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Babel: Languages

Language Support

Babel supports a growing number of programming languages; more than ten dozen languages currently have some Babel support. Babel support for more than three dozen widely used languages is distributed with Emacs, and the various Emacs Lisp Package Archives include support for more than four dozen languages. In addition, for various historical reasons, Babel support for more than two dozen languages is distributed in the Org-contrib package.

This page provides pointers to sources of Babel language support, instructions to activate a supported language, and a brief guide to developing support for a language in case you'd like to use a new language with Babel or contribute to existing Babel language support.

Language Support Distributed with Emacs

Table 1 lists the Babel language support distributed with Emacs. The table provides a link to a web page with information about the language, indicates how the language is identified in Babel, provides a link to existing documentation, and indicates the generosity of your colleagues who have volunteered to maintain a bit of Babel language support.

Note that there are some inconsistencies among supported languages.

Table 1: Core languages supported by Babel
Language Identifier Documentation Maintainer
Apache Groovy groovy   Palak Mathur
AWK awk ob-doc-awk Tyler Smith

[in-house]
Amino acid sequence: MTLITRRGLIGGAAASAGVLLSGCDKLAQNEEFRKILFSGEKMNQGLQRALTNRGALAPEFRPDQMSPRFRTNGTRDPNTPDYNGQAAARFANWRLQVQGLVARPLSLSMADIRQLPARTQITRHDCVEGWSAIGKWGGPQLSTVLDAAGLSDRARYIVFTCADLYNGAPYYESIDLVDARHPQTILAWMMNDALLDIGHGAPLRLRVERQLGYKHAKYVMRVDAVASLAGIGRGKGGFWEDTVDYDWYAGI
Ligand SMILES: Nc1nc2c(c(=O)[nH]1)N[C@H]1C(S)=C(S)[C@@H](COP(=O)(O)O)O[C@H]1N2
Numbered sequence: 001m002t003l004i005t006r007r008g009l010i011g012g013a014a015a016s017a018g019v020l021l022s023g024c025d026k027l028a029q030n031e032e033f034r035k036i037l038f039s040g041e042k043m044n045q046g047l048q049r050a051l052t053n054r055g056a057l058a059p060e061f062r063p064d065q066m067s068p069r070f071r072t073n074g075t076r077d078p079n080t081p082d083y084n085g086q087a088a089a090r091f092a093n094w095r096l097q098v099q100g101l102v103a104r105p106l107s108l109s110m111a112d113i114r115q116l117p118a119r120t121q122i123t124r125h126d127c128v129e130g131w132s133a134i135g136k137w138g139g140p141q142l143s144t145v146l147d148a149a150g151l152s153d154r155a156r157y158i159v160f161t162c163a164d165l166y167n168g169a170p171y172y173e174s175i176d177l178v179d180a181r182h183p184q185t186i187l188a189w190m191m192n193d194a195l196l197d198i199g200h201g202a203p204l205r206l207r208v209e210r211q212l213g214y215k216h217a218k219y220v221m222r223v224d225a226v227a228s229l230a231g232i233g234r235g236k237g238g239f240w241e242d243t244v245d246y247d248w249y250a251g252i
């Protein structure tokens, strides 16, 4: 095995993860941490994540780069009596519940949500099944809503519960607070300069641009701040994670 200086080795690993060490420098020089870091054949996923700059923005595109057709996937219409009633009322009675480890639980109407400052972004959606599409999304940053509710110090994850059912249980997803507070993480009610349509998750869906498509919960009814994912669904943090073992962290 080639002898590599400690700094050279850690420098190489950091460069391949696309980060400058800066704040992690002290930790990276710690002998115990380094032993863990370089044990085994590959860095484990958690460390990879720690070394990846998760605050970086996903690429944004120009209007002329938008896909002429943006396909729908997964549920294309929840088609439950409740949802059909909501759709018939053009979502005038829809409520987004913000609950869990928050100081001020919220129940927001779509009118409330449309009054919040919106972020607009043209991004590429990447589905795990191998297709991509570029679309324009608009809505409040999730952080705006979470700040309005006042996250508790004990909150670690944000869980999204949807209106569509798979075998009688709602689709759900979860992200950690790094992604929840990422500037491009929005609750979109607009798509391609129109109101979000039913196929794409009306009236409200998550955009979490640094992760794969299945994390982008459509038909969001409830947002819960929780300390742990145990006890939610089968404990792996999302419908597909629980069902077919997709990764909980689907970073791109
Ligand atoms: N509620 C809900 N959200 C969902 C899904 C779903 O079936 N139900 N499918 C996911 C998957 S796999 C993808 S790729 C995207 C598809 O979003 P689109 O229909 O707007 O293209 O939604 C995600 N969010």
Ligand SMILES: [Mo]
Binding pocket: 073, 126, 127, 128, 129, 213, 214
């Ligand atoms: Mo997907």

C C ob-doc-c Thierry Banel
C++ cpp ob-doc-c  
Calc calc   Tom Gillespie
CLI shell    
Clojure clojure ob-doc-clojure Bastien Guerry
Comint mode comint    
CSS css ob-doc-css  
D D ob-doc-c  
ditaa ditaa ob-doc-ditaa  
Emacs lisp emacs-lisp    
Eshell eshell ob-doc-eshell stardiviner
Fortran F90    
Gforth forth    
Gnuplot gnuplot ob-doc-gnuplot Ihor Radchenko
GNU Screen screen ob-doc-screen Ken Mankoff
GNU sed sed    
Graphviz dot ob-doc-dot Justin Abrahms
Haskell haskell   Lawrence Bottorff
Java java ob-doc-java Ian Martins
Julia julia   Pedro Bruel
LaTeX latex ob-doc-LaTeX  
LilyPond ly ob-doc-lilypond  
Lisp lisp ob-doc-lisp  
Lua lua    
Make makefile ob-doc-makefile  
MATLAB® matlab ob-doc-octav-matlab  
Maxima max ob-doc-maxima  
Node.js js ob-doc-js  
OCaml ocaml    
Octave octave ob-doc-octave-matlab  
Org mode org    
Perl perl ob-doc-perl Corwin Brust
PlantUML plantuml    
Processing processing    
Python python ob-doc-python Jack Kamm
R R ob-doc-R Jeremie Juste
RDBMS sql ob-doc-sql  
Ruby ruby    
Sass sass    
Scheme scheme    
SQLite sqlite ob-doc-sqlite Nick Savage

Language Support Distributed with Org-contrib

Once upon a time, Babel language support that was not released under the GPL was kept in Org-contrib. Later, with the goal of easing the burden of Org-mode maintenance, lesser-known languages distributed with Emacs were also moved to Org-contrib. Table 2 includes pointers to these languages and some documentation of their Babel integration.

Table 2: Contributed languages supported by Babel
Language Identifier Documentation
abc abc ob-doc-abc
Arduino arduino  
Asymptote asymptote ob-doc-asymptote
Coq coq  
ebnf2ps ebnf  
FOMUS fomus  
hledger hledger  
io io  
J J ob-doc-J
ledger ledger ob-doc-ledger
Mathematica mathematica  
Mathomatic™ mathomatic ob-doc-mathomatic
Mono csharp  
Mono vbnet  
Mozart oz ob-doc-oz
Mscgen mscgen ob-doc-mscgen
PHP php  
PicoLisp picolisp ob-doc-picolisp
Redis redis  
Shen shen  
SMILES smiles  
SPICE spice  
Stan stan ob-doc-stan
Stata stata ob-doc-stata
SuperCollider sclang  
Tcl tcl ob-doc-tcl
Vala vala ob-doc-vala
ΕΥΚΛΕΙΔΗΣ eukleides ob-doc-eukleides

Language Support Distributed via an Emacs Lisp Package Archive